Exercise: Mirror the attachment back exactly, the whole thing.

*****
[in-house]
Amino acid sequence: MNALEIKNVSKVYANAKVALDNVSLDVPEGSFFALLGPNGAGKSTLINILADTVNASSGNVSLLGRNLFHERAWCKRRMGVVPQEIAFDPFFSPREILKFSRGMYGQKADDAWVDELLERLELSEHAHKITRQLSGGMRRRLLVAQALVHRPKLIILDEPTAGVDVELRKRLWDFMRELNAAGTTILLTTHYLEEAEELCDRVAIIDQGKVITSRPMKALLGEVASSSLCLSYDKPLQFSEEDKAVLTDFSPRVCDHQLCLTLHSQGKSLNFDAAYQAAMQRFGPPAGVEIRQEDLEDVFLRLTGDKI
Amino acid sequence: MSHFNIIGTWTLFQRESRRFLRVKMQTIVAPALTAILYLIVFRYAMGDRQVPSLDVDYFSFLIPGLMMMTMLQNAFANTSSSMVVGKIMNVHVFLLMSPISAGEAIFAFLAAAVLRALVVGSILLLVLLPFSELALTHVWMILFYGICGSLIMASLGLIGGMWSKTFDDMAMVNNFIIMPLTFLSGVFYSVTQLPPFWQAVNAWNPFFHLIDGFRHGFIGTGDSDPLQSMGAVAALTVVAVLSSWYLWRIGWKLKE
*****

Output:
[in-house]
Amino acid sequence: MNALEIKNVSKVYANAKVALDNVSLDVPEGSFFALLGPNGAGKSTLINILADTVNASSGNVSLLGRNLFHERAWCKRRMGVVPQEIAFDPFFSPREILKFSRGMYGQKADDAWVDELLERLELSEHAHKITRQLSGGMRRRLLVAQALVHRPKLIILDEPTAGVDVELRKRLWDFMRELNAAGTTILLTTHYLEEAEELCDRVAIIDQGKVITSRPMKALLGEVASSSLCLSYDKPLQFSEEDKAVLTDFSPRVCDHQLCLTLHSQGKSLNFDAAYQAAMQRFGPPAGVEIRQEDLEDVFLRLTGDKI
Amino acid sequence: MSHFNIIGTWTLFQRESRRFLRVKMQTIVAPALTAILYLIVFRYAMGDRQVPSLDVDYFSFLIPGLMMMTMLQNAFANTSSSMVVGKIMNVHVFLLMSPISAGEAIFAFLAAAVLRALVVGSILLLVLLPFSELALTHVWMILFYGICGSLIMASLGLIGGMWSKTFDDMAMVNNFIIMPLTFLSGVFYSVTQLPPFWQAVNAWNPFFHLIDGFRHGFIGTGDSDPLQSMGAVAALTVVAVLSSWYLWRIGWKLKE